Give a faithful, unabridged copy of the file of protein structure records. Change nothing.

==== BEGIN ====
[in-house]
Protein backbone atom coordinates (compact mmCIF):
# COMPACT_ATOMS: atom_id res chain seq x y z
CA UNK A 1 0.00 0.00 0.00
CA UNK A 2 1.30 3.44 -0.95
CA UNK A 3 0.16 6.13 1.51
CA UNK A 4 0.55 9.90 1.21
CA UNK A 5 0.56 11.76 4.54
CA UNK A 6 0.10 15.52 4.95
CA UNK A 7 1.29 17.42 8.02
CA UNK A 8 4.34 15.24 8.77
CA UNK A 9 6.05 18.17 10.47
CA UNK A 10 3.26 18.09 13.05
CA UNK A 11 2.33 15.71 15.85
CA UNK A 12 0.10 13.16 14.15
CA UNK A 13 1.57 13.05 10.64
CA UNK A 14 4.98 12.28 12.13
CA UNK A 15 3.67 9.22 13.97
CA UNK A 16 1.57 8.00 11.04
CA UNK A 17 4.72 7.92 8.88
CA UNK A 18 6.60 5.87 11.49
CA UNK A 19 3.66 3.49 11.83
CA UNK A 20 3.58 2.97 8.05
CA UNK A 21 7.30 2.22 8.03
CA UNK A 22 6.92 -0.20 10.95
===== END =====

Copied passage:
[in-house]
Protein backbone atom coordinates (compact mmCIF):
# COMPACT_ATOMS: atom_id res chain seq x y z
CA UNK A 1 0.00 0.00 0.00
CA UNK A 2 1.30 3.44 -0.95
CA UNK A 3 0.16 6.13 1.51
CA UNK A 4 0.55 9.90 1.21
CA UNK A 5 0.56 11.76 4.54
CA UNK A 6 0.10 15.52 4.95
CA UNK A 7 1.29 17.42 8.02
CA UNK A 8 4.34 15.24 8.77
CA UNK A 9 6.05 18.17 10.47
CA UNK A 10 3.26 18.09 13.05
CA UNK A 11 2.33 15.71 15.85
CA UNK A 12 0.10 13.16 14.15
CA UNK A 13 1.57 13.05 10.64
CA UNK A 14 4.98 12.28 12.13
CA UNK A 15 3.67 9.22 13.97
CA UNK A 16 1.57 8.00 11.04
CA UNK A 17 4.72 7.92 8.88
CA UNK A 18 6.60 5.87 11.49
CA UNK A 19 3.66 3.49 11.83
CA UNK A 20 3.58 2.97 8.05
CA UNK A 21 7.30 2.22 8.03
CA UNK A 22 6.92 -0.20 10.95